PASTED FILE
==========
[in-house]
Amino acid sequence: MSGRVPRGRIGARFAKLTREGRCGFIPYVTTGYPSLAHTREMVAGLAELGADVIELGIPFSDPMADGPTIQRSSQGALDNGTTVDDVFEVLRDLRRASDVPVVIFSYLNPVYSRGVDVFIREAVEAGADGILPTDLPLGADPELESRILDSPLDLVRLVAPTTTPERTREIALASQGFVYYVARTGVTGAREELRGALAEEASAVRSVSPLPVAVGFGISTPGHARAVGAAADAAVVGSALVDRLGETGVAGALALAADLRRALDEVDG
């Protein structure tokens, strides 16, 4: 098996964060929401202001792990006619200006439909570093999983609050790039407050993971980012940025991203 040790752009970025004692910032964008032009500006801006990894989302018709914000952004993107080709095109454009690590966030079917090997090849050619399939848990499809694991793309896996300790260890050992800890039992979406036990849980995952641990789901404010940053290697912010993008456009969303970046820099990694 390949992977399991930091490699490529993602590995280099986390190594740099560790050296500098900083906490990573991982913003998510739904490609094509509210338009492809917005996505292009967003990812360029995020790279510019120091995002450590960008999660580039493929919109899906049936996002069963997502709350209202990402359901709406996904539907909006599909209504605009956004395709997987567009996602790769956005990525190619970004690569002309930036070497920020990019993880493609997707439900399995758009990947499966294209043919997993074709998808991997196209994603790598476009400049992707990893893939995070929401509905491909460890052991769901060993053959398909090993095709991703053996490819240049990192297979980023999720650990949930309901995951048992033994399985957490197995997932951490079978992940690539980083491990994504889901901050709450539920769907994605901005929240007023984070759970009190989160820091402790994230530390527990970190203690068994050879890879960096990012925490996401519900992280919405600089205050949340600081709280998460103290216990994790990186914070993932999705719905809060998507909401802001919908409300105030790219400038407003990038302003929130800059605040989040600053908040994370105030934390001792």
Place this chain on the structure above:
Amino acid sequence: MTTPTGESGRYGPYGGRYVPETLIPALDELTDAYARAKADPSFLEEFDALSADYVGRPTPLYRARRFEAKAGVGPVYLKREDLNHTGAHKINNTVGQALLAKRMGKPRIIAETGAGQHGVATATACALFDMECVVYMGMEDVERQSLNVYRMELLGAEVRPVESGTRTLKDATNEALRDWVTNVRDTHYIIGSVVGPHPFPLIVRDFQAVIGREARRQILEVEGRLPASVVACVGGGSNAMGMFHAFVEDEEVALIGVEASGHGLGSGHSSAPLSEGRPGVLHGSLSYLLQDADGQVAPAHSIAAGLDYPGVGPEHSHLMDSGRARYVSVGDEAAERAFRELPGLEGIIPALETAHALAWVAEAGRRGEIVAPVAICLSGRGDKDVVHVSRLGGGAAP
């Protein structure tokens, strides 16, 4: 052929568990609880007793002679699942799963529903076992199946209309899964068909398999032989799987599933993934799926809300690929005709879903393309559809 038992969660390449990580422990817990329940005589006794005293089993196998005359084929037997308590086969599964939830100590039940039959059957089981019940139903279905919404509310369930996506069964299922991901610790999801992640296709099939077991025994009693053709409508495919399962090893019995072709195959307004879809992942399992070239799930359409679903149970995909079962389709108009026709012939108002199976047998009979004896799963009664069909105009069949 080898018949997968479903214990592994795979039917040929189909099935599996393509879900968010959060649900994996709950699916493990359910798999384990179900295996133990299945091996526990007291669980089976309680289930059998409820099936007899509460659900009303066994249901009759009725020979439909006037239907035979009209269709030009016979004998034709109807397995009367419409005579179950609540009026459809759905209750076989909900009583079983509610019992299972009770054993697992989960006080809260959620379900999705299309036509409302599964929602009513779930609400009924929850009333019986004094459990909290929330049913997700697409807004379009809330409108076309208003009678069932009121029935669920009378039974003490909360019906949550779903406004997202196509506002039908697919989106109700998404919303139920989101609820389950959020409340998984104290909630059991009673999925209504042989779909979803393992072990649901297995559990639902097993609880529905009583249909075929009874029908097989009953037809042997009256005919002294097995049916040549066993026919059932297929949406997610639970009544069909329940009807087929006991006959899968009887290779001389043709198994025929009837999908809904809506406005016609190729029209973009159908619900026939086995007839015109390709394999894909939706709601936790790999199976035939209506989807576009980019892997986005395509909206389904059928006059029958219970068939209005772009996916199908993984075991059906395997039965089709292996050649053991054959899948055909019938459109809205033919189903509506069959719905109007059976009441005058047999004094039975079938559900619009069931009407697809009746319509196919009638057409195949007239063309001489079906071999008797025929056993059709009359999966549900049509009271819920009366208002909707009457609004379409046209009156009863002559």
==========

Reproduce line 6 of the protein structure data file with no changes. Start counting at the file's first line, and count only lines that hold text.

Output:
């Protein structure tokens, strides 16, 4: 052929568990609880007793002679699942799963529903076992199946209309899964068909398999032989799987599933993934799926809300690929005709879903393309559809 038992969660390449990580422990817990329940005589006794005293089993196998005359084929037997308590086969599964939830100590039940039959059957089981019940139903279905919404509310369930996506069964299922991901610790999801992640296709099939077991025994009693053709409508495919399962090893019995072709195959307004879809992942399992070239799930359409679903149970995909079962389709108009026709012939108002199976047998009979004896799963009664069909105009069949 080898018949997968479903214990592994795979039917040929189909099935599996393509879900968010959060649900994996709950699916493990359910798999384990179900295996133990299945091996526990007291669980089976309680289930059998409820099936007899509460659900009303066994249901009759009725020979439909006037239907035979009209269709030009016979004998034709109807397995009367419409005579179950609540009026459809759905209750076989909900009583079983509610019992299972009770054993697992989960006080809260959620379900999705299309036509409302599964929602009513779930609400009924929850009333019986004094459990909290929330049913997700697409807004379009809330409108076309208003009678069932009121029935669920009378039974003490909360019906949550779903406004997202196509506002039908697919989106109700998404919303139920989101609820389950959020409340998984104290909630059991009673999925209504042989779909979803393992072990649901297995559990639902097993609880529905009583249909075929009874029908097989009953037809042997009256005919002294097995049916040549066993026919059932297929949406997610639970009544069909329940009807087929006991006959899968009887290779001389043709198994025929009837999908809904809506406005016609190729029209973009159908619900026939086995007839015109390709394999894909939706709601936790790999199976035939209506989807576009980019892997986005395509909206389904059928006059029958219970068939209005772009996916199908993984075991059906395997039965089709292996050649053991054959899948055909019938459109809205033919189903509506069959719905109007059976009441005058047999004094039975079938559900619009069931009407697809009746319509196919009638057409195949007239063309001489079906071999008797025929056993059709009359999966549900049509009271819920009366208002909707009457609004379409046209009156009863002559």